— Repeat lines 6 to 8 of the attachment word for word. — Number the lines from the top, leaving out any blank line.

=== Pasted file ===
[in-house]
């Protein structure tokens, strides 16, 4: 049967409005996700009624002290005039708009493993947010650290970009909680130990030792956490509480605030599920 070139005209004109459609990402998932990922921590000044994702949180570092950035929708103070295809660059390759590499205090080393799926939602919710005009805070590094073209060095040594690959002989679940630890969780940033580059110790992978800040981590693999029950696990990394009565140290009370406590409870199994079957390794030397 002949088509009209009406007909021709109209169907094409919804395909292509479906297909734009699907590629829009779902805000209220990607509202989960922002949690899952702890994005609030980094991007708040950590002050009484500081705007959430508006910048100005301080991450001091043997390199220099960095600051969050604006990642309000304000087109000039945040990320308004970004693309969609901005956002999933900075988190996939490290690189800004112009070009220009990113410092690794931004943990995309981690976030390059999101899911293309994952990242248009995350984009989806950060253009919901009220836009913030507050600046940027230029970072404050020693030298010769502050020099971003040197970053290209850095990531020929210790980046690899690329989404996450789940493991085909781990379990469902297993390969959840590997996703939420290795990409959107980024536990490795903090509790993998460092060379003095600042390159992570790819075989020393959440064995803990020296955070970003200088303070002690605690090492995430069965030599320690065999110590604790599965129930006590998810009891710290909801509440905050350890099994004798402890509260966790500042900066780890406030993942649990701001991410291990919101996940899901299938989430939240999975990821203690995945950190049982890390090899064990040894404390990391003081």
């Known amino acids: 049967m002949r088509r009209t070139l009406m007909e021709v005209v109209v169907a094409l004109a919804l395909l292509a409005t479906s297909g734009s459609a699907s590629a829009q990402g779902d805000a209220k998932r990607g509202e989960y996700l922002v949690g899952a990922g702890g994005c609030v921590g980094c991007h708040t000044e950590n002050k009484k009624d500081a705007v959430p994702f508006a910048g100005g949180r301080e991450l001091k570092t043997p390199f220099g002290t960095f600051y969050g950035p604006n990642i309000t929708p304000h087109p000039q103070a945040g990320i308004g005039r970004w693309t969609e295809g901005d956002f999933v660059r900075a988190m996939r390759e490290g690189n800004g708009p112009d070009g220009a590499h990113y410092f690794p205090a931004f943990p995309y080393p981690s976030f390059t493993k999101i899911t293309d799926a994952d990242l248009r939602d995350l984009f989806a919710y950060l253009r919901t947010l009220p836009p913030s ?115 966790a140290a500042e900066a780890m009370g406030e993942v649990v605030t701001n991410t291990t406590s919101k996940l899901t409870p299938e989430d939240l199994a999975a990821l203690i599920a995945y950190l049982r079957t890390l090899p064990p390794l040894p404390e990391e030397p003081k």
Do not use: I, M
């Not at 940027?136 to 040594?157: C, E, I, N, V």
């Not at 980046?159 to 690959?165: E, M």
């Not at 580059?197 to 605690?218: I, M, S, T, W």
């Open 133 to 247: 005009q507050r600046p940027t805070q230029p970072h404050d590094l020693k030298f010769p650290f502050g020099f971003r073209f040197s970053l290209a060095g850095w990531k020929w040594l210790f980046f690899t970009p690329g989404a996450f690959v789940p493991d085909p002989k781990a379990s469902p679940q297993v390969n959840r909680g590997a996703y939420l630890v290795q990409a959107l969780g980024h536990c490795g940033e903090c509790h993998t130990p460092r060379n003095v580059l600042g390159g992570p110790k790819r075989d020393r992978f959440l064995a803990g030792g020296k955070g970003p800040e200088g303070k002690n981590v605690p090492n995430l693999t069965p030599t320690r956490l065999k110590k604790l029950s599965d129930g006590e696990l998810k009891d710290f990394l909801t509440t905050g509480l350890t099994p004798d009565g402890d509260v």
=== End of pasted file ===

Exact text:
């Not at 980046?159 to 690959?165: E, M």
């Not at 580059?197 to 605690?218: I, M, S, T, W």
């Open 133 to 247: 005009q507050r600046p940027t805070q230029p970072h404050d590094l020693k030298f010769p650290f502050g020099f971003r073209f040197s970053l290209a060095g850095w990531k020929w040594l210790f980046f690899t970009p690329g989404a996450f690959v789940p493991d085909p002989k781990a379990s469902p679940q297993v390969n959840r909680g590997a996703y939420l630890v290795q990409a959107l969780g980024h536990c490795g940033e903090c509790h993998t130990p460092r060379n003095v580059l600042g390159g992570p110790k790819r075989d020393r992978f959440l064995a803990g030792g020296k955070g970003p800040e200088g303070k002690n981590v605690p090492n995430l693999t069965p030599t320690r956490l065999k110590k604790l029950s599965d129930g006590e696990l998810k009891d710290f990394l909801t509440t905050g509480l350890t099994p004798d009565g402890d509260v």